Hartsfield-Jackson chief to testify in Washington about security lapse

The boss of Hartsfield-Jackson International Airport is expected to testify before Congress next week about the security lapse that allowed for a gun-running operation from Atlanta to New York.

General Manger Miguel Southwell is expected to testify before the House Subcommittee on Transportation Security Tuesday. The subcommittee is conducting a “review of access control measures at our nation’s airports,” according to the congressional website that Friday listed Southwell as a witness.

Southwell will be addressing the latest security lapse to occur around the nation involving guns and employees. In December, authorities unveiled an investigation in which they said a baggage handler bypassed security with carry-on bags full of guns and handed them to a former Delta Air Lines worker traveling on flights.

The men now face firearms trafficking and other charges for allegedly smuggling 129 hanguns and two assault rifles from Georgia to New York between May 1 and Dec. 10. It was second such case at Hartsfield-Jackson in two years.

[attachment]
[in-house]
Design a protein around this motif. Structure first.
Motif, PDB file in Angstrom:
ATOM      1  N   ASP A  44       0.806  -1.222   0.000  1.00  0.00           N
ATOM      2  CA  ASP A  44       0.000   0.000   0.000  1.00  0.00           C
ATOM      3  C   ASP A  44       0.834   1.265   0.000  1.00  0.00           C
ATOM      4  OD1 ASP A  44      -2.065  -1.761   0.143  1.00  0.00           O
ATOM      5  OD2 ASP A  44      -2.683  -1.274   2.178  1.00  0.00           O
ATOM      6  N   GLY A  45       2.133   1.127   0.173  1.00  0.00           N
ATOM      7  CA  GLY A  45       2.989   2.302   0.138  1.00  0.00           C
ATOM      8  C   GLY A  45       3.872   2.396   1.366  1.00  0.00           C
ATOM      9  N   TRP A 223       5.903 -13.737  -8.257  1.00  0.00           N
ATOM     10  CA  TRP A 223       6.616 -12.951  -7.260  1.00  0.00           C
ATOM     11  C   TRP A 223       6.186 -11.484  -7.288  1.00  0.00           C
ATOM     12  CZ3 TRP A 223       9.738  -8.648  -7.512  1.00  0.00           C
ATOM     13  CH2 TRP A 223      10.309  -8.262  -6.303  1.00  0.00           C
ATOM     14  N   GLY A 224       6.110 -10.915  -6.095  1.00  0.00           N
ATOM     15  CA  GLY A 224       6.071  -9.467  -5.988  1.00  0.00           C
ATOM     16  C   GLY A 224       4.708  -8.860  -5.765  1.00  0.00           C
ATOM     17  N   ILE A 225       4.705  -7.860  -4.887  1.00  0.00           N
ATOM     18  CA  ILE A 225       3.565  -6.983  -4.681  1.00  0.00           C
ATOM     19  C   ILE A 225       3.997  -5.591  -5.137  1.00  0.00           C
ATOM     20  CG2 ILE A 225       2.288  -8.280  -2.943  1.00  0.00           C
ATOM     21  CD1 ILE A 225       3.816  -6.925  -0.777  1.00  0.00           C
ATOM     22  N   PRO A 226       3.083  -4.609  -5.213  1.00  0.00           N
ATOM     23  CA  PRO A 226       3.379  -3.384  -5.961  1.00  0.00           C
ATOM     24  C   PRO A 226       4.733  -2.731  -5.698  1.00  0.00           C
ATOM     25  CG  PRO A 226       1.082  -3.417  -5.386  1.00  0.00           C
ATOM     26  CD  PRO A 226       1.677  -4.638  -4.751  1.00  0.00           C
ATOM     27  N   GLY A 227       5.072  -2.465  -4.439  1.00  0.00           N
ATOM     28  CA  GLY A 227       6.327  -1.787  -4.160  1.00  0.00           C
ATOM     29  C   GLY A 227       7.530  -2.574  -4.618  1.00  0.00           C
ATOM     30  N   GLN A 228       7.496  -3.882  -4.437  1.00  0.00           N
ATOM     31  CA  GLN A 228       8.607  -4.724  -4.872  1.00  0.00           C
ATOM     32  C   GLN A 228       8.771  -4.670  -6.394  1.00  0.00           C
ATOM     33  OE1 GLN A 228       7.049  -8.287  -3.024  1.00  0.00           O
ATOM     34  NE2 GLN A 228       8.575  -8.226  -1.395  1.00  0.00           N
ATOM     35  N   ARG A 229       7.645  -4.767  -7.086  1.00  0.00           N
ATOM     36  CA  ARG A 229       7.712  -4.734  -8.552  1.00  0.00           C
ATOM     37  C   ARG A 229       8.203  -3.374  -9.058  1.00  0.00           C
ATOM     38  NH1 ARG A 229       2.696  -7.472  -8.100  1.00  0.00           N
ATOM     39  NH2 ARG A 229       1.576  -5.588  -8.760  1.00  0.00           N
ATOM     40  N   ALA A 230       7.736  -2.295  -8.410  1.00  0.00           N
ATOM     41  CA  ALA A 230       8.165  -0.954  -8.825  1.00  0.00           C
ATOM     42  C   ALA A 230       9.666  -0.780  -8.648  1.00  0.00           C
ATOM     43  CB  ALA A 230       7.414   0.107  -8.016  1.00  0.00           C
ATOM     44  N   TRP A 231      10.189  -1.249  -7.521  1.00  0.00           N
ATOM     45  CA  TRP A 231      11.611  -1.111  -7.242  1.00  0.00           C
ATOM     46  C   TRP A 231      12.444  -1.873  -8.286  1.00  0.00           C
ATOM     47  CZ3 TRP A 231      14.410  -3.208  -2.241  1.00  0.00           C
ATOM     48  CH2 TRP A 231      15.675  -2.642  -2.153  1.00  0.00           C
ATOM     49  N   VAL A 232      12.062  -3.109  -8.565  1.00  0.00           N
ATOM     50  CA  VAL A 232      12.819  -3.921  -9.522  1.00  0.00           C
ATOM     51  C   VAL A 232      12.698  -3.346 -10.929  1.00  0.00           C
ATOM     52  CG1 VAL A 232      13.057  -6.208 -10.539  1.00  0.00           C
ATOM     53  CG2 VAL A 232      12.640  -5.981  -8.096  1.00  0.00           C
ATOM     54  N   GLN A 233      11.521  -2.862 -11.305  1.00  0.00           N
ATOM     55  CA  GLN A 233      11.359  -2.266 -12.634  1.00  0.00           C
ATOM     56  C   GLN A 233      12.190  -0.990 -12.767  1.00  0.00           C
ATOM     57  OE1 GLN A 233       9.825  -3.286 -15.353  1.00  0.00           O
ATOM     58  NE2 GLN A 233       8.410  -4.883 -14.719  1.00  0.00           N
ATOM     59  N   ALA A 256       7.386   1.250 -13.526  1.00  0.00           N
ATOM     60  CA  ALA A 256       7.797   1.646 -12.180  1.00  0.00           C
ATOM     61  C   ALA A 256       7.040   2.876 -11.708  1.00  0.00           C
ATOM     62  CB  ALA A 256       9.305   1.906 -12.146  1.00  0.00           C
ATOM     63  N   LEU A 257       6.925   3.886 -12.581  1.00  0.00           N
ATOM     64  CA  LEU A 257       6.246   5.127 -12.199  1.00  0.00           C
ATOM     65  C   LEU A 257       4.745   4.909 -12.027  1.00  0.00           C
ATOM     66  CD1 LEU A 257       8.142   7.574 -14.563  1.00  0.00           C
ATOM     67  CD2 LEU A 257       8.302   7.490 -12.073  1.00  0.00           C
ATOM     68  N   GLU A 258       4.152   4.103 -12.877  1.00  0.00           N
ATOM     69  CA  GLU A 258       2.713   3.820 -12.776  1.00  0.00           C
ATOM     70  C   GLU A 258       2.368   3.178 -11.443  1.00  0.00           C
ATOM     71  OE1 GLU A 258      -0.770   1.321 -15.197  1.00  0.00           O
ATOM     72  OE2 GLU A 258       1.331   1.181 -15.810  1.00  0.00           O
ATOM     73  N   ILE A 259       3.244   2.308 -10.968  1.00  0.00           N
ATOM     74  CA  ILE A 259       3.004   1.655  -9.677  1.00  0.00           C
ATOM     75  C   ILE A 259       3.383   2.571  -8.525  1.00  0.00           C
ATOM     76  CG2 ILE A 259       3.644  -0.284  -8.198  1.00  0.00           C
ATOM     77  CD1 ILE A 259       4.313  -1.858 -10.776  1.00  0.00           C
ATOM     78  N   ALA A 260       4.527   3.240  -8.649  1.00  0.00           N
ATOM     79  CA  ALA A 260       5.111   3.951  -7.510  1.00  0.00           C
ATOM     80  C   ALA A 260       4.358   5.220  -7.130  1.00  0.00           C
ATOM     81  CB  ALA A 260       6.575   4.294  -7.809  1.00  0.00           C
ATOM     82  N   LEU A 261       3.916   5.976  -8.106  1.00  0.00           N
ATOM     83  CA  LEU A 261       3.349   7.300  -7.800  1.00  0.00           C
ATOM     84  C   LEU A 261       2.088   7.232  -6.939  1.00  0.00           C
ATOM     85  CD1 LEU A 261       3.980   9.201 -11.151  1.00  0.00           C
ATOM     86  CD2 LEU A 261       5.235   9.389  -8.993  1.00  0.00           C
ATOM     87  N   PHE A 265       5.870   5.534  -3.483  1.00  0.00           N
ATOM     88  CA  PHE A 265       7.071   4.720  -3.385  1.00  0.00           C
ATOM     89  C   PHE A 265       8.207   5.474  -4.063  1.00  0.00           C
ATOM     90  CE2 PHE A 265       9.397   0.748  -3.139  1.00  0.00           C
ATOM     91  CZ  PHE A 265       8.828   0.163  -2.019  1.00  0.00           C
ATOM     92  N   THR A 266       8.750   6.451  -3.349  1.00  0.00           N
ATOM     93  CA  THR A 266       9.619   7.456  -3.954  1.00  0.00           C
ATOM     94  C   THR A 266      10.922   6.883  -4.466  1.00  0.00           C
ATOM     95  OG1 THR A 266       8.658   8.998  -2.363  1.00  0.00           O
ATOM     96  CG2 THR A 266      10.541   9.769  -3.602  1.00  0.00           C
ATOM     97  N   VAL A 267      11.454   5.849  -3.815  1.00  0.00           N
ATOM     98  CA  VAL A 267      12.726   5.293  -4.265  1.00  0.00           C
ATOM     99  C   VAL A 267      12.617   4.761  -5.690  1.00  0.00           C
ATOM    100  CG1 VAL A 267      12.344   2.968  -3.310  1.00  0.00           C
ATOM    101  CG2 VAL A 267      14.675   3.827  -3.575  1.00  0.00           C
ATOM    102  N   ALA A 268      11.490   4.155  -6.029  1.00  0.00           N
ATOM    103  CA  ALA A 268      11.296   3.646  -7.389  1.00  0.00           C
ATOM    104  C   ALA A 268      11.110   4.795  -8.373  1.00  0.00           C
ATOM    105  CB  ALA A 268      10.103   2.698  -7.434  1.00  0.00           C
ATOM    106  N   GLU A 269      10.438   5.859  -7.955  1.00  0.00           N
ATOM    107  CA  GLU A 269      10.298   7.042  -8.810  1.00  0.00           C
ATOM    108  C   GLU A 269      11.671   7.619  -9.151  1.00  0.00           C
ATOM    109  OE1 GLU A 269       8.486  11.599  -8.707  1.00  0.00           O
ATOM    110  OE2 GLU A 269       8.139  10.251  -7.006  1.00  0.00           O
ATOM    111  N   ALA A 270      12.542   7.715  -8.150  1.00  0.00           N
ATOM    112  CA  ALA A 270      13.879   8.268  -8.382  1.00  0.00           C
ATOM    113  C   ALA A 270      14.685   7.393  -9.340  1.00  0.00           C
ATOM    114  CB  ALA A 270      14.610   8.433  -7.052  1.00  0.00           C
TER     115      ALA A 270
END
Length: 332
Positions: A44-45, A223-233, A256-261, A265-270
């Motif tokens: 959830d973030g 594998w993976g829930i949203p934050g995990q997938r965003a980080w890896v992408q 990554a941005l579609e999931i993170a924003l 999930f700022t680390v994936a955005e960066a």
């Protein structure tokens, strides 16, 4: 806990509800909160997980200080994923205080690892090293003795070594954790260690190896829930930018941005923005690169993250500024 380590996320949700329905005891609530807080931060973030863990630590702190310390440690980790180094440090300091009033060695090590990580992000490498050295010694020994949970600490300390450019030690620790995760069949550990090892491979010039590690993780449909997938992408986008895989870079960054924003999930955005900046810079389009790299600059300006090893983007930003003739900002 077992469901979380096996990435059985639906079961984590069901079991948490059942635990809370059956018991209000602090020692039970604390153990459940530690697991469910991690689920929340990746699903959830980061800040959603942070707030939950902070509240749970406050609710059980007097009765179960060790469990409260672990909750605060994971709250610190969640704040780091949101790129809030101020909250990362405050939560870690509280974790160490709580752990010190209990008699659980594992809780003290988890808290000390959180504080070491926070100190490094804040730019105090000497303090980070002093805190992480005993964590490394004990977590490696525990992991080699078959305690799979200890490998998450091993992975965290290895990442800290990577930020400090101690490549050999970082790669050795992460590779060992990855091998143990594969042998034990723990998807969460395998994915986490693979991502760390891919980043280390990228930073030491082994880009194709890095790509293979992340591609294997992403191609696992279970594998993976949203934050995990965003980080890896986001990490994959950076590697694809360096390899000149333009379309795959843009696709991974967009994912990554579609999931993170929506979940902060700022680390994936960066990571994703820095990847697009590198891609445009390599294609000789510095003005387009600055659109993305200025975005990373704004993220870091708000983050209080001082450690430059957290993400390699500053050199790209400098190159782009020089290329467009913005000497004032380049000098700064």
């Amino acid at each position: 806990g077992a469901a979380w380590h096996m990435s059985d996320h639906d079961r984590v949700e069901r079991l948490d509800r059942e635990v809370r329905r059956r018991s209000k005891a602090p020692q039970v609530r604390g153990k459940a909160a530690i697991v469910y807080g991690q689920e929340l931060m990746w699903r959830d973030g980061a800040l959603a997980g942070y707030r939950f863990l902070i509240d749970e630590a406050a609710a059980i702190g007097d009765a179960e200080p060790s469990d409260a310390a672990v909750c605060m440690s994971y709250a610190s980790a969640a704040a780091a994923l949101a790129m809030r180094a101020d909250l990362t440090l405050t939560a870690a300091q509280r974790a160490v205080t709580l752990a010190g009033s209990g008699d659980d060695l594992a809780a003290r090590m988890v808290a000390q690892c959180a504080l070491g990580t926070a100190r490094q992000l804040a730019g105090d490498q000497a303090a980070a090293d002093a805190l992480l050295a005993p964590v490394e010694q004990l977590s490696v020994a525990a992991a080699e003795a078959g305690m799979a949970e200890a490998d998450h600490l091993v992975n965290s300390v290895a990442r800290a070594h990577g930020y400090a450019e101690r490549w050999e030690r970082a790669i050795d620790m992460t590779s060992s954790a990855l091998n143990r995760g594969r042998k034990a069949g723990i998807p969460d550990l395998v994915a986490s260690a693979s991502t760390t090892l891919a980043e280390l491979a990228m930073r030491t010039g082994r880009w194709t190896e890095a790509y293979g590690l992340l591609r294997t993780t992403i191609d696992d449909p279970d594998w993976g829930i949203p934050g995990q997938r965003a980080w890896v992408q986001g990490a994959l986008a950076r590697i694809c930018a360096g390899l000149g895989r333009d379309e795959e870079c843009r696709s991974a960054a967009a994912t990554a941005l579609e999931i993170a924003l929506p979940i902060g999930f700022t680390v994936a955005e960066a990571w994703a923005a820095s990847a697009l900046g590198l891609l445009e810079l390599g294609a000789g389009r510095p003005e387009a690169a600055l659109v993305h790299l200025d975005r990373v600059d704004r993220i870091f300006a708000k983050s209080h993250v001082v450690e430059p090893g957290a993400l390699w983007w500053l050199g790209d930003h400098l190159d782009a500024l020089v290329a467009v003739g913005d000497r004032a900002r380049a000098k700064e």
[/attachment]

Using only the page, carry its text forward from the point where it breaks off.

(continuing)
In an earlier statement, J. Britt Johnson, special agent in charge of the FBI Atlanta Field Office, called the case “a serious security breach at Atlanta’s Hartsfield-Jackson airport.”

According to an FBI’s agent’s affidavit filed, NYPD investigators arrested Mark Quentin Henry, who worked for Delta from 2007 to 2010, on Dec. 10 after he flew from Atlanta to New York with 18 handguns in a carry-on bag, seven of them loaded.

Henry supplied handguns and assault rifles to an unnamed co-conspirator, who sold them to a New York undercover officer, according to the affidavit. Authorities also arrested Eugene Harvey, 31, of College Park, who worked as a Delta ramp agent and baggage handler. He allegedly took the weapons past security and handed them off to Henry.